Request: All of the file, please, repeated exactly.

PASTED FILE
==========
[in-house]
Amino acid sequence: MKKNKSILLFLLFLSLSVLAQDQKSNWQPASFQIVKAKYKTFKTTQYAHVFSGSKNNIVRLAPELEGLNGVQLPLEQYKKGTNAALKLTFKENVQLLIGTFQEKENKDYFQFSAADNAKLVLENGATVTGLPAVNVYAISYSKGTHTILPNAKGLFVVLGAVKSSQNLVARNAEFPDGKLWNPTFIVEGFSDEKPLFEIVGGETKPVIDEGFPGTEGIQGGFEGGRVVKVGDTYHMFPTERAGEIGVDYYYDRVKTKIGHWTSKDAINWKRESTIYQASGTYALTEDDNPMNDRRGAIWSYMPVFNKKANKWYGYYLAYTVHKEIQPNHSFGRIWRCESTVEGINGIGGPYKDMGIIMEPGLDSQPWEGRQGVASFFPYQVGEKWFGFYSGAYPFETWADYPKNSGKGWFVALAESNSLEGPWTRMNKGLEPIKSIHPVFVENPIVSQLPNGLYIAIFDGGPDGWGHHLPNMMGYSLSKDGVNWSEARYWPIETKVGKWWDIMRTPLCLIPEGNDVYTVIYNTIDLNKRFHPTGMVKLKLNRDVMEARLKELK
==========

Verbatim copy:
[in-house]
Amino acid sequence: MKKNKSILLFLLFLSLSVLAQDQKSNWQPASFQIVKAKYKTFKTTQYAHVFSGSKNNIVRLAPELEGLNGVQLPLEQYKKGTNAALKLTFKENVQLLIGTFQEKENKDYFQFSAADNAKLVLENGATVTGLPAVNVYAISYSKGTHTILPNAKGLFVVLGAVKSSQNLVARNAEFPDGKLWNPTFIVEGFSDEKPLFEIVGGETKPVIDEGFPGTEGIQGGFEGGRVVKVGDTYHMFPTERAGEIGVDYYYDRVKTKIGHWTSKDAINWKRESTIYQASGTYALTEDDNPMNDRRGAIWSYMPVFNKKANKWYGYYLAYTVHKEIQPNHSFGRIWRCESTVEGINGIGGPYKDMGIIMEPGLDSQPWEGRQGVASFFPYQVGEKWFGFYSGAYPFETWADYPKNSGKGWFVALAESNSLEGPWTRMNKGLEPIKSIHPVFVENPIVSQLPNGLYIAIFDGGPDGWGHHLPNMMGYSLSKDGVNWSEARYWPIETKVGKWWDIMRTPLCLIPEGNDVYTVIYNTIDLNKRFHPTGMVKLKLNRDVMEARLKELK